Of course, “Foreign Exchange” is choc-a-bloc full of references to Russian literature as well, and lots of other things Russian. I could go on and on about the real-life people and events behind the story, and I’m sure I will in future posts, but instead of getting sidetracked, I think I’ll drop an excerpt for you here instead:

Foreign Exchange

It started off just like any other trip to Russia.

After living a life of extreme parsimony all fall, I had saved up enough money to buy a cattle-class ticket from Indianapolis to Moscow, where I had been going every school break for the past six years.

Just like I had every single time previously, I promised myself as I sat at the gate at Indianapolis, and then again at the gates at O’Hare and JFK, and with considerable fervency somewhere around hour six of being jammed into the very back row for the ten-hour flight from JFK to Sheremetyevo, Moscow’s biggest international airport, that next time Dima would come to me.

The reason I was making this trip, just like all the trips before it, was not because I loved Moscow—although I did—but because I loved someone in it. Namely, my fiancé, Dmitry Vladimirovich Kuznetsov. Known as Dima to his friends and family, and, increasingly, a national traitor and an enemy of the people to his enemies. And by December 25 (tickets were cheaper on Christmas Day), 2013, Dima had made a lot of enemies.

He hadn’t originally meant to. In fact, originally he had meant to be a hero of the people, just like his father before him, who had died so gallantly and so pointlessly in Afghanistan shortly after Dima’s birth.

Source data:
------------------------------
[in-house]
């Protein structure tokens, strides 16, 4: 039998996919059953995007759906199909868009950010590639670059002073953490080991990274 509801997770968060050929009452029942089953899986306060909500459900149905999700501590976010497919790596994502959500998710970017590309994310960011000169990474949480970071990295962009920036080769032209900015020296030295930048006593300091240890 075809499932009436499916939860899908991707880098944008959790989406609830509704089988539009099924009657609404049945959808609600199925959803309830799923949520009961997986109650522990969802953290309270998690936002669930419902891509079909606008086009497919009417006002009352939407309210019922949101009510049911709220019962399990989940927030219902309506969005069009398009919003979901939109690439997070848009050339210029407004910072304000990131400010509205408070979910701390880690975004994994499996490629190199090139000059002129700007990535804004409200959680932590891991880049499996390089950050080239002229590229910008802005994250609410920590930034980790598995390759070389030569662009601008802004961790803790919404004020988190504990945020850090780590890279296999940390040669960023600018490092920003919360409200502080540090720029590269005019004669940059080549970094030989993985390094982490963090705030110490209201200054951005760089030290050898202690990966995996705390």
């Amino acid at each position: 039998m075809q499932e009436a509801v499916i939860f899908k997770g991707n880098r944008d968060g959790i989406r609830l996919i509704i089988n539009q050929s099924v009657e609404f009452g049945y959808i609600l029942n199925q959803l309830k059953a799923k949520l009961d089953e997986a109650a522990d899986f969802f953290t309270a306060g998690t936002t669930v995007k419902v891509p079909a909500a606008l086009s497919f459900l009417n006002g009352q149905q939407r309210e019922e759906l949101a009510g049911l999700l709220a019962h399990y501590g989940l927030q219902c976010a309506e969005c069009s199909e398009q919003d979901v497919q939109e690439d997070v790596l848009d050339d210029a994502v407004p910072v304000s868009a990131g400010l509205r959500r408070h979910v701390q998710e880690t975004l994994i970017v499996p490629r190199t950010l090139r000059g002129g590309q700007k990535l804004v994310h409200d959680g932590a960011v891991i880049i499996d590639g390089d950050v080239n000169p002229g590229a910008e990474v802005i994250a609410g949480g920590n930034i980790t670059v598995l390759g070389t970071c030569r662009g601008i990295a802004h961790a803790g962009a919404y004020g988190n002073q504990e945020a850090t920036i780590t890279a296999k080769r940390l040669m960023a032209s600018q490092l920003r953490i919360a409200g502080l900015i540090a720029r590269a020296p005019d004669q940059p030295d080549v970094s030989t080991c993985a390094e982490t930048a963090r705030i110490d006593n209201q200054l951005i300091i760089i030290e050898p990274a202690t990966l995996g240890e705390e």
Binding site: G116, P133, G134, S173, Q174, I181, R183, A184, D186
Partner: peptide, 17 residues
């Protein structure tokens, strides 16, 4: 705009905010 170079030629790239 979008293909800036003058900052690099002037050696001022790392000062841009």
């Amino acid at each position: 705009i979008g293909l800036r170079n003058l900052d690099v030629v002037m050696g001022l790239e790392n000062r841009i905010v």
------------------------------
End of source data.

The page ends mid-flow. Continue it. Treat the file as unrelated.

Being the son of a dead war hero you didn’t remember was a lot of pressure. Growing up during perestroika and then the incredible turmoil of the collapse of the USSR and the wild, wild Yeltsin years was a lot more pressure. Maybe that explained why Dima had decided to re-enlist after he finished his mandatory two-year military service, only this time in OMON, the special forces riot control units that had such a bad reputation. Or maybe as the only son of a single mother with long-term health problems, he just really needed the money.

In any case, they had sent him off to do bad things in bad places, mainly hunting down and interrogating suspected rebels in Chechnya. That had turned out to be less glorious and honorable than Dima had hoped. Back in Moscow, dragging his former friends by the legs into police vans had been even less glorious, and the money had never been very good anyway. So by the time I met him, in 2005, he had gotten out of OMON and started a new career, this time as a journalist hellbent on fighting crime and corruption. There was certainly plenty of scope for that. Unfortunately, in Russia crime and corruption had a tendency to fight back.

***

Like what you’ve read? Here’s that link to get a FREE copy of “Foreign Exchange” in the Event Horizon Giveaway

Foreign Exchange Cover